Invasive, shrimp-sucking parasite continues northward Pacific expansion

The cough drop-sized parasite Griffen's isopod, native to Asia and Russia, has decimated mud shrimp populations along the West Coast. The parasite on the right is a female with the much smaller male attached. (Florida Museum photo by Amanda Bemis and Gustav Paulay)

The cough drop-sized parasite Griffen's isopod, native to Asia and Russia, has decimated mud shrimp populations along the West Coast. The parasite on the right is a female with the much smaller male attached. (Florida Museum photo by Amanda Bemis and Gustav Paulay)

By Josh Silberg and Natalie van Hoose Researchers have identified an invasive, blood-sucking parasite on mud shrimp in the waters of British Columbia’s Calvert Island. The discovery represents the northernmost record of the parasite on the...

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Tackling invasive European common reed

Me on a six-foot ladder amidst European common reed, to illustrate its height and density. (Photo by Courtney Robichaud)

Me on a six-foot ladder amidst European common reed, to illustrate its height and density. (Photo by Courtney Robichaud)

The highs and lows of monitoring the large-scale suppression of Phragmites australis spp. australis My field crew and I are covered in scratches. I’m a PhD student studying the recovery of native vegetation after invasive species control,...

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Murder hornets: What’s all the buzz about?

Asian giant hornets have orange-yellow heads and alternating bands of black, orange and yellow. (Photo by Yasunori Koide, Wikimedia Commons)

Asian giant hornets have orange-yellow heads and alternating bands of black, orange and yellow. (Photo by Yasunori Koide, Wikimedia Commons)

If you’ve been following the news this summer, you’re sure to have seen mention of murder hornets. After isolated discoveries of this invasive species in British Columbia and Washington state, news about the Asian giant hornet has...

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Be on the lookout for these eight common invasive species

Purple loosestrife (Photo by Liz West, Wikimedia Commons)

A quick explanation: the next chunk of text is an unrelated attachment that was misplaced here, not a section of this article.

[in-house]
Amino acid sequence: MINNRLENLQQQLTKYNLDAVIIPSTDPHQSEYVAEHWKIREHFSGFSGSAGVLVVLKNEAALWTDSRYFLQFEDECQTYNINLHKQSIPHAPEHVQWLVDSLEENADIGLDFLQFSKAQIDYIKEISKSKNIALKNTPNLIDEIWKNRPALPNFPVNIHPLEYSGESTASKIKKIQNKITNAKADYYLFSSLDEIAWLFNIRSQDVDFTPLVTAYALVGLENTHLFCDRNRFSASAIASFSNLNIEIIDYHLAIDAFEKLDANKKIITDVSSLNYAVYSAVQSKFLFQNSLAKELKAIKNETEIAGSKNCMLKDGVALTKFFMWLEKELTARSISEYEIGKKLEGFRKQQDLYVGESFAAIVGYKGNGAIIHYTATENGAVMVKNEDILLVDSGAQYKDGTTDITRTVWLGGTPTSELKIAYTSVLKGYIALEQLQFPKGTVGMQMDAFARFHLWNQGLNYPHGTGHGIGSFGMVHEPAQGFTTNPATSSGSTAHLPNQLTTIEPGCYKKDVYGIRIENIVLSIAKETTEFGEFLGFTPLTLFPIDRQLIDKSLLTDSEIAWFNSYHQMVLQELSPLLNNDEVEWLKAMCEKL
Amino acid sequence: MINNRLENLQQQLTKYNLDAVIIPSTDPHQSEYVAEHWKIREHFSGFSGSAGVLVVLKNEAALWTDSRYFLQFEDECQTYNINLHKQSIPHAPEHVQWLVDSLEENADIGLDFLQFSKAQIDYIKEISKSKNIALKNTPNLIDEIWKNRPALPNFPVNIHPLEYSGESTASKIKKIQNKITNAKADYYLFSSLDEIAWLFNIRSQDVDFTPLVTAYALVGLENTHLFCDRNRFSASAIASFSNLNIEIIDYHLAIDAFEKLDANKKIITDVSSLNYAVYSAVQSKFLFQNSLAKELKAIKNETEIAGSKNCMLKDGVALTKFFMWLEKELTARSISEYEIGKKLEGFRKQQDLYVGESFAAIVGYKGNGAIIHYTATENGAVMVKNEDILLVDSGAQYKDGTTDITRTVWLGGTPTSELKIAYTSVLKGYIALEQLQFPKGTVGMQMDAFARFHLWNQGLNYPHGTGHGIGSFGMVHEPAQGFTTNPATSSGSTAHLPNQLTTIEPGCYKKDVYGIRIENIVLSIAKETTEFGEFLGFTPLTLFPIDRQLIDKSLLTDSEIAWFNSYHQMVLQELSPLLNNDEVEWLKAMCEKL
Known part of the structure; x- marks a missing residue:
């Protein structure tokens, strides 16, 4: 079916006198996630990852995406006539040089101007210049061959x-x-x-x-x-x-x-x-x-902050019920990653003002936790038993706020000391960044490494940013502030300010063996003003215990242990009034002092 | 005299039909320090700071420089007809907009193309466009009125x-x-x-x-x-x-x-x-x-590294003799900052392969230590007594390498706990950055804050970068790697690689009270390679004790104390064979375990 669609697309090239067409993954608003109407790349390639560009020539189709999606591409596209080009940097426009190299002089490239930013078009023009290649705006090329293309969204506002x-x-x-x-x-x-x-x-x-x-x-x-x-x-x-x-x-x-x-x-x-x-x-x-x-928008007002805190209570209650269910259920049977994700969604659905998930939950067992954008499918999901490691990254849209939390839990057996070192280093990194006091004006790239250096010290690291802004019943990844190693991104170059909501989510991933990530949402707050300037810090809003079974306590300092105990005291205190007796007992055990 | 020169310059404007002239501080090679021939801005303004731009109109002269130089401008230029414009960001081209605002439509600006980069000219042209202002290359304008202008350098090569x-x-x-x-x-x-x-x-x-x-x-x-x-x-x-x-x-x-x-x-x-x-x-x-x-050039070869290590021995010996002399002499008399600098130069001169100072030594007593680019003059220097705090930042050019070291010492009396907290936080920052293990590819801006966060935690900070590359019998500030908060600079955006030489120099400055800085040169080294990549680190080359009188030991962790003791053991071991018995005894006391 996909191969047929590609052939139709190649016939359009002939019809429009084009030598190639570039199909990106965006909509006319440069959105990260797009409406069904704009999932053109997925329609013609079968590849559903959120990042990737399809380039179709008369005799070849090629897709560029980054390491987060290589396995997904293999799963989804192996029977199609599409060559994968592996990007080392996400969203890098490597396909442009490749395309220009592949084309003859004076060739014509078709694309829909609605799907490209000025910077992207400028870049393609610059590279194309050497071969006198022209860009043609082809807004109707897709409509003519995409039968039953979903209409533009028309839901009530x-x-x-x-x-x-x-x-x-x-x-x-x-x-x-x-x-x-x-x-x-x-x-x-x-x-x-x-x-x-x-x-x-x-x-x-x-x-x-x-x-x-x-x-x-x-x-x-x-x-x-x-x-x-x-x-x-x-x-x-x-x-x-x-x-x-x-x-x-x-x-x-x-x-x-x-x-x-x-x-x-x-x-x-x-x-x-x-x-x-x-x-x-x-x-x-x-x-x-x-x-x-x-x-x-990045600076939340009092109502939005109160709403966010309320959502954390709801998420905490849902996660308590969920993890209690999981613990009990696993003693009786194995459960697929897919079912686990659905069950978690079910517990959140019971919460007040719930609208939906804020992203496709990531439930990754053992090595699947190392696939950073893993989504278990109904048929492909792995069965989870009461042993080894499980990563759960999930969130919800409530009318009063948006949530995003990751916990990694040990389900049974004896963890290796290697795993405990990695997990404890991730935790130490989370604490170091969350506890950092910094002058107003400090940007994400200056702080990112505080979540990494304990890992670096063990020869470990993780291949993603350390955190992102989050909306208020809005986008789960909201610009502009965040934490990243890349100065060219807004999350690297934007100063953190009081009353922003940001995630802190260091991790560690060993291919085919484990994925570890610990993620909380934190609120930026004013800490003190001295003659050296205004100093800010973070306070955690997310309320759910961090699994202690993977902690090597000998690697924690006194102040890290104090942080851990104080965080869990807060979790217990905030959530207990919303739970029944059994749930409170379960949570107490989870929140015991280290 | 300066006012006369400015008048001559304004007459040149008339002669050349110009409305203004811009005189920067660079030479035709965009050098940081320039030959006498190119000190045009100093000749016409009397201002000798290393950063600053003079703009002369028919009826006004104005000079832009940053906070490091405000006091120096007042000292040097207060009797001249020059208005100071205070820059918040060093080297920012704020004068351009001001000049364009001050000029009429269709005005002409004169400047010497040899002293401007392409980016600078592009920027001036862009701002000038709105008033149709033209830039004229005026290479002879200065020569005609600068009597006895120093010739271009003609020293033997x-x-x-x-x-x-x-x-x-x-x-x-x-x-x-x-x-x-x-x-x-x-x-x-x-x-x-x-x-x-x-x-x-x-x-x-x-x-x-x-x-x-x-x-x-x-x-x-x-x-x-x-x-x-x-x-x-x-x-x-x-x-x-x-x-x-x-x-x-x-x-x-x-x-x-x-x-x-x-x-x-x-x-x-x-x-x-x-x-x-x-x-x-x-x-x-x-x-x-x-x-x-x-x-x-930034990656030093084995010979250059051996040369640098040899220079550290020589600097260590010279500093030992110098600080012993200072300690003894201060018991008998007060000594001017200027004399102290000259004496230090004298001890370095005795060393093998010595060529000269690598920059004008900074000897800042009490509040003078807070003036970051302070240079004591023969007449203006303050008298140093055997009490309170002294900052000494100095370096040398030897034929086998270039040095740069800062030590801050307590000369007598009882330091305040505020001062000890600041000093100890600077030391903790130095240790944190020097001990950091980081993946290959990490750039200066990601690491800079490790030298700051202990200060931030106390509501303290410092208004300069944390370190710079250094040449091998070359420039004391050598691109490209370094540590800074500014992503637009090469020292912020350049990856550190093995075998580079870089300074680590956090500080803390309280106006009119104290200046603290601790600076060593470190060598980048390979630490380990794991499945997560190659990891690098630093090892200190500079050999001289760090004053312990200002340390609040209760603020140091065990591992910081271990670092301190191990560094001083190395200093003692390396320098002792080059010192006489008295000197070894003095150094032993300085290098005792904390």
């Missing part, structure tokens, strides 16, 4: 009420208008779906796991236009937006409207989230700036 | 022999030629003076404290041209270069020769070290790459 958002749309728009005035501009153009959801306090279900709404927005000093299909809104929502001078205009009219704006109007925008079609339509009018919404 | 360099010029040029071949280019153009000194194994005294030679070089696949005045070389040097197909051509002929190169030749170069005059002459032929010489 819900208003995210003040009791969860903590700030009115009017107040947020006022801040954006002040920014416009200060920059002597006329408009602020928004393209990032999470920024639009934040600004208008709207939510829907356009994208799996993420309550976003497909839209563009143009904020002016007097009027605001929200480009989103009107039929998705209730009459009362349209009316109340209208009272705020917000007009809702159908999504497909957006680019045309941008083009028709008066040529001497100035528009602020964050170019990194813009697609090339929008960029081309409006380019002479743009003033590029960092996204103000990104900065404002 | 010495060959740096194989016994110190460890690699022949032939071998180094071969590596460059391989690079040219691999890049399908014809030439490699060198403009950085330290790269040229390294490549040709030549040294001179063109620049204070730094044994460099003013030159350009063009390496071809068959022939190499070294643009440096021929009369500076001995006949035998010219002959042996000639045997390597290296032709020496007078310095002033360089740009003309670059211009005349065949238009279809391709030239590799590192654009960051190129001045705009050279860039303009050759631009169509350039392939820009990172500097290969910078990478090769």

Purple loosestrife (Photo by Liz West, Wikimedia Commons)

Spending all this time at home has helped me realize something: I’ve been in denial about the invasive plants growing around my home. The little patch of garlic mustard by our front steps, which I’m sure came from seeds on my boots...

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Could there be an invasive species in your backyard?

Person taking picture of a plant (Photo by iStock)

Person taking picture of a plant (Photo by iStock)

The changing of the seasons in Canada brings back some of our most beloved species. Migratory birds fly back north, our gardens come alive and buds reappear on the trees. However, the warming weather can also bring some less-than-desirable...

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The race against rats: The most successful invasive species in the world

Brown rat (Photo by Dunpharlain, Wikimedia Commons, CC BY-SA 4.0)

Brown rat (Photo by Dunpharlain, Wikimedia Commons, CC BY-SA 4.0)

Everyone has a rat story, except for, maybe, Albertans (the lucky ones); I’ll explain why in a bit. In Hong Kong, where I grew up, rats and mice were collectively called lo shu in Cantonese. The term was probably tossed around by parents to...

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Tracing the roots of invasive species

A murmuration of starlings (Photo by John Holmes, Wikimedia Commons)

A murmuration of starlings (Photo by John Holmes, Wikimedia Commons)

In the media world of conservation, there seems to be no shortage of news on invasive species — plants, animals and organisms that were introduced (accidentally or deliberately) to an area outside of their native range and where their...

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What happens to invasive species in the winter?

Second-year garlic mustard plant (Photo courtesy Invasive Species Centre)

Second-year garlic mustard plant (Photo courtesy Invasive Species Centre)

With winter arriving in Canada, the scenery of fully leafed plants and active wildlife transitions to quiet, snowy winters. With this change in seasons, invasive species may become out of sight and out of mind. But they always seem to come back...

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Having a field day

Crane River Tract, ON (Photo by NCC)

Crane River Tract, ON (Photo by NCC)

This summer, I spent a few days volunteering with the Nature Conservancy of Canada (NCC). My family owns a cottage on the Bruce Peninsula, so we are close to several NCC properties. My dad already knew Esme Batten, NCC’s coordinator of...

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Living out my passion for conservation

Brock Hussey (Photo by NCC)

Brock Hussey (Photo by NCC)

I have always had a passion for nature, like many people in the conservation field. Growing up, I was always outside, surrounded by nature, observing the plants and animals around me. It wasn’t often you would find me without my eyes glued...

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